Instability, a Stable Reality

Transposing emblem by Verónica Cordido

The only steady thing is change: atoms and cells are always moving; thoughts are always flowing; clouds are always floating; and planet earth is always spinning. So why does a country’s instability wreak havoc on our well-being?

Financial hardship, insecurity, political uncertainty and veiled labor-slave workforce economies are to blame and they’re taking a toll on people’s minds, bodies and souls. Stress, fear, inadequacy, depression, repression and pure anguish are knocking on many doors without discerning between palaces and shelters.

I do not intend to adopt any political position or endow myself with the credentials of an expert. I’m just a citizen of two countries and a victim of psychological and emotional instability in both.

I remember Venezuela back in 1999: I had just finished my superior studies and was eager to take on life. I remember we had everything the country needed to satisfy all demands without exception; supermarkets had lots of different brands and items to choose from and all our basic needs could be met at reasonable prices. We had every kind of medicine, both original and generic, from various pharmaceutical companies producing at full capacity.

Now we are in 2017. What was a good healthcare system is a mere shadow of itself. Although hospitals are free, they lack the most basic supplies and equipment needed to treat patients. Doctors find themselves working for a ridiculously low salary and do not have gloves, gauze, painkillers, anesthesia, antibiotics, antipyretics, alcohol, stitches, the right kinds of needles, working IC units, working blood banks, x-ray machines or food to feed patients.

People of all ages, races and colors die every day because they can’t find the medication they need. Furthermore, we can no longer just go to the pharmacy or store around the corner to get what we want. Now we must tour the whole city in order to find it… if we do.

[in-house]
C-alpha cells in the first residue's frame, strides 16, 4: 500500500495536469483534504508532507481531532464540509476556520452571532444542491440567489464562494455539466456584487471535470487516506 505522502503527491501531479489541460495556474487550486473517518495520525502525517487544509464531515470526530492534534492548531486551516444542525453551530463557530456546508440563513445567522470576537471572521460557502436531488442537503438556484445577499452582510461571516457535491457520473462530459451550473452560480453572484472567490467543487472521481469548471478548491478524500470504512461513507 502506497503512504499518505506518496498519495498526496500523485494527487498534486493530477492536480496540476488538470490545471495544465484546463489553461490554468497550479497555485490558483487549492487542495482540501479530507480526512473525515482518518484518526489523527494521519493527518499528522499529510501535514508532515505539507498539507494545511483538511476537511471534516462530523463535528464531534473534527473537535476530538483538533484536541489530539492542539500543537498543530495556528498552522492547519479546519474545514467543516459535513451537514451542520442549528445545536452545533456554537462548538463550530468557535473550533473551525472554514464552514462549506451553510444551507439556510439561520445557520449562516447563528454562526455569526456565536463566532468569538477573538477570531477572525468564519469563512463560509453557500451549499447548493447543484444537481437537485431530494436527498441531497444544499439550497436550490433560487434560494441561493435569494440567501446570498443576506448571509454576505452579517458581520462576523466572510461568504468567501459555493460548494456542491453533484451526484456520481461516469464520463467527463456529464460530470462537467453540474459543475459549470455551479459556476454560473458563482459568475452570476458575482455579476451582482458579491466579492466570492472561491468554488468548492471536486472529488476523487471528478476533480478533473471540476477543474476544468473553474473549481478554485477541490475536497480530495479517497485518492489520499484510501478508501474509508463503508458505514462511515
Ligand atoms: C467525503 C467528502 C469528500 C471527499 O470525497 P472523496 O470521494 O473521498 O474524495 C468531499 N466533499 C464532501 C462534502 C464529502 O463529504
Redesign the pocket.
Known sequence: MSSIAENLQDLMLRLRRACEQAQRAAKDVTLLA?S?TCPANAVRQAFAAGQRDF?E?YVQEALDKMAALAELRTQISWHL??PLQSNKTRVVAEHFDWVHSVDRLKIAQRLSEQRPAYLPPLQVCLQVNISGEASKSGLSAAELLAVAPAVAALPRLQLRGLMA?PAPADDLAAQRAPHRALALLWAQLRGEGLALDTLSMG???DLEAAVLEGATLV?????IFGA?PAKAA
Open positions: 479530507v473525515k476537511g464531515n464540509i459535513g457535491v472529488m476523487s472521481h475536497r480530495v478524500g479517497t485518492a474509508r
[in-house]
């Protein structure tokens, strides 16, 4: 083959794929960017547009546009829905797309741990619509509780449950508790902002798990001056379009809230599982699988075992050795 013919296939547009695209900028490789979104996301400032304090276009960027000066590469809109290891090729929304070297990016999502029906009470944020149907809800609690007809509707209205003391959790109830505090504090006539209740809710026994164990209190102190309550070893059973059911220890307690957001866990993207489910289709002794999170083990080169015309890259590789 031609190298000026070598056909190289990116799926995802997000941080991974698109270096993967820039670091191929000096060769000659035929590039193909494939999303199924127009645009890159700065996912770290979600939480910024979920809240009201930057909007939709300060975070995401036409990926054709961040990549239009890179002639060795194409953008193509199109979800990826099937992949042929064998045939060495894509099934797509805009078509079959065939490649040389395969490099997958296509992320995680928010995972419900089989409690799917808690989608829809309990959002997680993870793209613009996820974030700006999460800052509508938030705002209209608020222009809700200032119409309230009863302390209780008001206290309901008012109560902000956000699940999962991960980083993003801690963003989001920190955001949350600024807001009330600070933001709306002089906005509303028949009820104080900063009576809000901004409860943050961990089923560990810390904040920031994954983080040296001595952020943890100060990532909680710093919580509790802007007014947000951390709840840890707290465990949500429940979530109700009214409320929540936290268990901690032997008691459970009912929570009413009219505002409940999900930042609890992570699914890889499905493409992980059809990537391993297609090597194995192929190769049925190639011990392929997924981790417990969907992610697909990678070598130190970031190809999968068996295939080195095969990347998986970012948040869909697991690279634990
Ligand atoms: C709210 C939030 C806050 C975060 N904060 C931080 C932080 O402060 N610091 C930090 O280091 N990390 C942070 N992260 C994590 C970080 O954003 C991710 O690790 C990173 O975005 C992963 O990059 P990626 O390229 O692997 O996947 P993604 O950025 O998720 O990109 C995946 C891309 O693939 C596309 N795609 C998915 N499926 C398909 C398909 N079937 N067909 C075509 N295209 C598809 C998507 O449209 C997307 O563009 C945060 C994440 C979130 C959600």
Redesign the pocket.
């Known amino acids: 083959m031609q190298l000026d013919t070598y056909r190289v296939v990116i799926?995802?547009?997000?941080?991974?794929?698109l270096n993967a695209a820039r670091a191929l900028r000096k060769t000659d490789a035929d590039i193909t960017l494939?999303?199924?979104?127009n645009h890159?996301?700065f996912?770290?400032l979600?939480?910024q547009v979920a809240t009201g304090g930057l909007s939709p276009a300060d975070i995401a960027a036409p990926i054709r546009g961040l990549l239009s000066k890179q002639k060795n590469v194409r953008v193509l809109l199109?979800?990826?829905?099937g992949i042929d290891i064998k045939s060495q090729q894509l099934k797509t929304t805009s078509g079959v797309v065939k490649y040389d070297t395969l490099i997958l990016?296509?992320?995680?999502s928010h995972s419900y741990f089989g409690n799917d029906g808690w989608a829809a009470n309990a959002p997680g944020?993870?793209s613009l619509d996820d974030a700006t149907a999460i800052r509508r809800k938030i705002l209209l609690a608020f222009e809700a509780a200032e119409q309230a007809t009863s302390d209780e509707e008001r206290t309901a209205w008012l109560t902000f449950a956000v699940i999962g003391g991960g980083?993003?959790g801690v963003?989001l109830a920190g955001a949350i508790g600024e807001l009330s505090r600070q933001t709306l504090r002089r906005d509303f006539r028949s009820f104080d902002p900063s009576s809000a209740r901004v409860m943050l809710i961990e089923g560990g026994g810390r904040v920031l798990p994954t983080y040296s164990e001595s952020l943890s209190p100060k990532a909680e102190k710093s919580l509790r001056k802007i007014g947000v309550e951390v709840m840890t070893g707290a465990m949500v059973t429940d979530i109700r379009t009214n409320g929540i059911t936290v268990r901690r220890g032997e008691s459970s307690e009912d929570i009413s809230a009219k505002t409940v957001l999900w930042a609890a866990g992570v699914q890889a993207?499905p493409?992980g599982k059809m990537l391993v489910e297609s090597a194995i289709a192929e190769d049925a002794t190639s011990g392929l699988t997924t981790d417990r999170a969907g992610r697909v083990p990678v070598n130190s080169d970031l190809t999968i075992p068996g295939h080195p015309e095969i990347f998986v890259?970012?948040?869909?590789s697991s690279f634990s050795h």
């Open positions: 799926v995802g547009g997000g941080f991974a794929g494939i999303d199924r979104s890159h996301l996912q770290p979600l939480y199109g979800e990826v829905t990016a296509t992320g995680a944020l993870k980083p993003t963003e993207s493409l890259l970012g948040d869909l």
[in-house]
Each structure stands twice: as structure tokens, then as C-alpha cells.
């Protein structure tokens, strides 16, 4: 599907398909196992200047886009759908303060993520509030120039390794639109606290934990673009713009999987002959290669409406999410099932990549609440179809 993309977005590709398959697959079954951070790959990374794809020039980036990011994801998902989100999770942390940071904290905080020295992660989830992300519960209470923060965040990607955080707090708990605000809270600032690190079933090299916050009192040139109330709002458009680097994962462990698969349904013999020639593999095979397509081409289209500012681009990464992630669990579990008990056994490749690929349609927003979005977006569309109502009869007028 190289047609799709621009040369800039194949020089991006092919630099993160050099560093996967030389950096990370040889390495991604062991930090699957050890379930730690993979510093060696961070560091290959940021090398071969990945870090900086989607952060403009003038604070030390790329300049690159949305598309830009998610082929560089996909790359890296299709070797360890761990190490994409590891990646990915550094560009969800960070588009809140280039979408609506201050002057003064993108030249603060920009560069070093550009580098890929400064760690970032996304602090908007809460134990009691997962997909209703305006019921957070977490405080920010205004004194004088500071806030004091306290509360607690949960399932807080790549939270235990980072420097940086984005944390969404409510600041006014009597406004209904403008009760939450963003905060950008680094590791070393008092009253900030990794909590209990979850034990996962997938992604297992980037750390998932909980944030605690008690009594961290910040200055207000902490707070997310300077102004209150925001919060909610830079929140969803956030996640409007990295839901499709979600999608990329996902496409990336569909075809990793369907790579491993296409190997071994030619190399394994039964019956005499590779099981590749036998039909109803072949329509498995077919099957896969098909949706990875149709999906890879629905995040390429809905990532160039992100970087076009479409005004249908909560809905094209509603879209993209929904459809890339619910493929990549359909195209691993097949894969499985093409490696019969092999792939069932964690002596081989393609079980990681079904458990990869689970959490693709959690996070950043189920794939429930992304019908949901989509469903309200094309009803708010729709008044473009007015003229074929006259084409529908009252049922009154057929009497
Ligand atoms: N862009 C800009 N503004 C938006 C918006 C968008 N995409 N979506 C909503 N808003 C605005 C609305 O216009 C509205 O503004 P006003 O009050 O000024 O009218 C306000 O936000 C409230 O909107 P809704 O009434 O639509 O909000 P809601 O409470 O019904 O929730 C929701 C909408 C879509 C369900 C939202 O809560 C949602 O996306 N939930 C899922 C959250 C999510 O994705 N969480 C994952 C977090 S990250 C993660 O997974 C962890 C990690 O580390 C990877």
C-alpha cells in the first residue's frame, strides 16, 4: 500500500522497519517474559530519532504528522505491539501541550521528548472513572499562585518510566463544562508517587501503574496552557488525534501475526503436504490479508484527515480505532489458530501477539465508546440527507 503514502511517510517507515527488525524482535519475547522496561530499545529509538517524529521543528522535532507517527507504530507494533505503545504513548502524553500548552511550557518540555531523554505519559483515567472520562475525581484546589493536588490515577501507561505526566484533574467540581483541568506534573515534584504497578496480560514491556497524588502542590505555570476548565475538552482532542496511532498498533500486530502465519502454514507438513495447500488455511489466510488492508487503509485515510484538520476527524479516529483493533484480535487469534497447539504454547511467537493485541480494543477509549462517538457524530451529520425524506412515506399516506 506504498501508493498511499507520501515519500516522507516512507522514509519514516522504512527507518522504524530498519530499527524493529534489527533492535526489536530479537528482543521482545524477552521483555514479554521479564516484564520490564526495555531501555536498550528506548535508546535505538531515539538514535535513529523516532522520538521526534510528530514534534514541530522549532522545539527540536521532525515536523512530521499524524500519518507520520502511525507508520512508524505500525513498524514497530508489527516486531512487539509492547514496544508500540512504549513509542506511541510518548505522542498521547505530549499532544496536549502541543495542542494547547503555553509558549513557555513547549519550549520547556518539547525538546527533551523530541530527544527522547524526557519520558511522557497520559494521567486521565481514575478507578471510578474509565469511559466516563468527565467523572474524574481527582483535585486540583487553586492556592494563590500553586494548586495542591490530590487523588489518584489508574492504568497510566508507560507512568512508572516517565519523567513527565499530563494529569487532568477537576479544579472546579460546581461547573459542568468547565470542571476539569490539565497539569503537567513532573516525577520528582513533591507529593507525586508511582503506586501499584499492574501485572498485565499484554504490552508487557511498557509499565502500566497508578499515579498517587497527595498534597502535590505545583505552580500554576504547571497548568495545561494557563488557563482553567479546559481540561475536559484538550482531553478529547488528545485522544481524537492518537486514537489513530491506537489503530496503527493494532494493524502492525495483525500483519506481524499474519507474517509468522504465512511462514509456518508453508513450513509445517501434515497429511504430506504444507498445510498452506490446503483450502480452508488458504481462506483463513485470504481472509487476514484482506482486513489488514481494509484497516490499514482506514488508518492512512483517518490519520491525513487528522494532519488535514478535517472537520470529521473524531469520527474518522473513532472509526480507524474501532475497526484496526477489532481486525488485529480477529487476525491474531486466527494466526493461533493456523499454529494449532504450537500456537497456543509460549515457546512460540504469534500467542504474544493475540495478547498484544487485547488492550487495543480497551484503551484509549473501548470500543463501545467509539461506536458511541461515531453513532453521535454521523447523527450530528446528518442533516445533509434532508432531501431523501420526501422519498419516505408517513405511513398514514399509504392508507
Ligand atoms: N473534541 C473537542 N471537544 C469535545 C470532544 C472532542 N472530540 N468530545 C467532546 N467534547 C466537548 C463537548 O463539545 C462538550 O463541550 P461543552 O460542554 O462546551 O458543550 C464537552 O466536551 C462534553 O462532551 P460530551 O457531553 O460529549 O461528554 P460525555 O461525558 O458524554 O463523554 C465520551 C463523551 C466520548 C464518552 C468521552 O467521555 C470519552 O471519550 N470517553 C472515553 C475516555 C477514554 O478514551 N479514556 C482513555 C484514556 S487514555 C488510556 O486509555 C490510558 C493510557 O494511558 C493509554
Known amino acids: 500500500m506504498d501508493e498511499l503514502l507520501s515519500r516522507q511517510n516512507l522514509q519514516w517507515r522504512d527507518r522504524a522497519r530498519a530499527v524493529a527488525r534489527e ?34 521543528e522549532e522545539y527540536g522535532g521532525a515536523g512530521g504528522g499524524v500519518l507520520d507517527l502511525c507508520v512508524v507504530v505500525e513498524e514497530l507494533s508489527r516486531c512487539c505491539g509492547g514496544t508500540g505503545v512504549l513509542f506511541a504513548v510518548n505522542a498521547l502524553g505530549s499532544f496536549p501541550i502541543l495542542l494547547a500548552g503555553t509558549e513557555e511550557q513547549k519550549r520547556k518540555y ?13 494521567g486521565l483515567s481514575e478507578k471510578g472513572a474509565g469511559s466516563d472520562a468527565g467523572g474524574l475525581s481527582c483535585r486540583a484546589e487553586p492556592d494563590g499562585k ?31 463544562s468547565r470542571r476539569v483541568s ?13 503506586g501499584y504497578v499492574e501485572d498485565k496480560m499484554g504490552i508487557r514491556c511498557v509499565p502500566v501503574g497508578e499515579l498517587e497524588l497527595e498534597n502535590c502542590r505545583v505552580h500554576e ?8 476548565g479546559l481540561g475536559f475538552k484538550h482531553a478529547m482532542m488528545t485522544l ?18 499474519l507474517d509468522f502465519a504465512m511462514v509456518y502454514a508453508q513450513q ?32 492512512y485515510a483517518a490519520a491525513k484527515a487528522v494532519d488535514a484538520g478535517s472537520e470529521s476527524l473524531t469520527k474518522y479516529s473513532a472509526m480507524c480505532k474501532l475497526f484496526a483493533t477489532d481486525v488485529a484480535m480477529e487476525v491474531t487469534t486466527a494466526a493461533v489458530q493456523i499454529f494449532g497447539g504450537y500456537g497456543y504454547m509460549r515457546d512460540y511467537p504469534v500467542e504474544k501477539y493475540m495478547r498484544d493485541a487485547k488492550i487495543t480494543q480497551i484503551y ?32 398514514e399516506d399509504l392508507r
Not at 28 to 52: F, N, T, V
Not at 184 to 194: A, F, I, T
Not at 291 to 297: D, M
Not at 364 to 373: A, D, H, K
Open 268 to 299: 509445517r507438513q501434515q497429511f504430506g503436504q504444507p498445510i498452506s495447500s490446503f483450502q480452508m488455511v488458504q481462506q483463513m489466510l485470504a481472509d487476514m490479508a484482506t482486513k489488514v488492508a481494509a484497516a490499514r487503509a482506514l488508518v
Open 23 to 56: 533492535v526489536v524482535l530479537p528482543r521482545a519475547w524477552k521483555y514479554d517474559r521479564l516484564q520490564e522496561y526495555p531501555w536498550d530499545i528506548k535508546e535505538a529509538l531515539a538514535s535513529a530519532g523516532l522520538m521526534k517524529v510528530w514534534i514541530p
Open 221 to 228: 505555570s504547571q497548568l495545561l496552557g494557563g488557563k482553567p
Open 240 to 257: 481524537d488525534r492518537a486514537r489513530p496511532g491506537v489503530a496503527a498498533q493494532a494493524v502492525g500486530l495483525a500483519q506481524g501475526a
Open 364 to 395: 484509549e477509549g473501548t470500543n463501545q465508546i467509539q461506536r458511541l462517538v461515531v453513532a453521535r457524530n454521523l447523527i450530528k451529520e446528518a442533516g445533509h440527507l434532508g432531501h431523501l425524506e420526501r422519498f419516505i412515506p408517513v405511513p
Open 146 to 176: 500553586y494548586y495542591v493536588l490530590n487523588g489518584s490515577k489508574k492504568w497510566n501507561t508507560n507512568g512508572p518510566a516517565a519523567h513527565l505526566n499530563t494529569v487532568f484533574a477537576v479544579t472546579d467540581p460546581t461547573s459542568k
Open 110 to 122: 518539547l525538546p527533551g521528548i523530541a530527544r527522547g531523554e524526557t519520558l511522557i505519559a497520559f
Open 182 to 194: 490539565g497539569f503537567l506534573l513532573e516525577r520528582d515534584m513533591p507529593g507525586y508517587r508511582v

Venezuelan butcheries have no meat, factories have no raw materials, and bakeries don’t have enough flour to cater to the needs of the public. This is the reason why the government has ordered them to sell just one loaf of French bread per person. So to feed a family of four, the whole household has to come along for the ride in order to get their share. That’s happening with all items affected by the national shortage and identified as “regulated products,” meaning they’re restricted in the quantity that can be bought per person.

To top it all, hygiene products such as mouthwash, toothpaste, soap and deodorant, as well as diapers and sanitary towels, among others, are sometimes almost impossible to find and are sold at very high prices. Since this is the case with many other items on the market, it is impossible to stick to a budget. And then there are the constant fluctuations that accompany galloping inflation and a never-ending recession where it has become a struggle to put food on the table and make ends meet.

Cities and towns have no water because the reservoirs aren’t working. The government is rationing the supply of water in some cases to once every 10 days and for a short period of time. Car shops have no oil, tires, batteries or most spare parts. Although this an economy with tremendous oil resources, there are constant blackouts either because of unmaintained equipment failures or simply to cut expenses for the system to later cook the books and give the people no benefit for their suffering.

Crime is at its peak. Cops have no guns, but criminals have grenades, bazookas and riffles so to speak. Even those who aren’t religious start to pray when they get to the doorsteps. Taking our phone out in public has become unthinkable; it is a recipe for disaster and a common motive for robbery and even murder. Many lives have been taken due to the incredibly high value of an old phone or a pair of shoes.

The mortality rate from crime surpasses those of war casualties, and walking around with our groceries now makes us an easy target. People are being stopped at gun point all the time when they stop at traffic lights and intersections, in the middle of the day, even in crowded areas. Everywhere you look there’s fear. The whole country is a huge red flag where there is no place to hide. Only God, faith, pure luck and fate can keep us safe.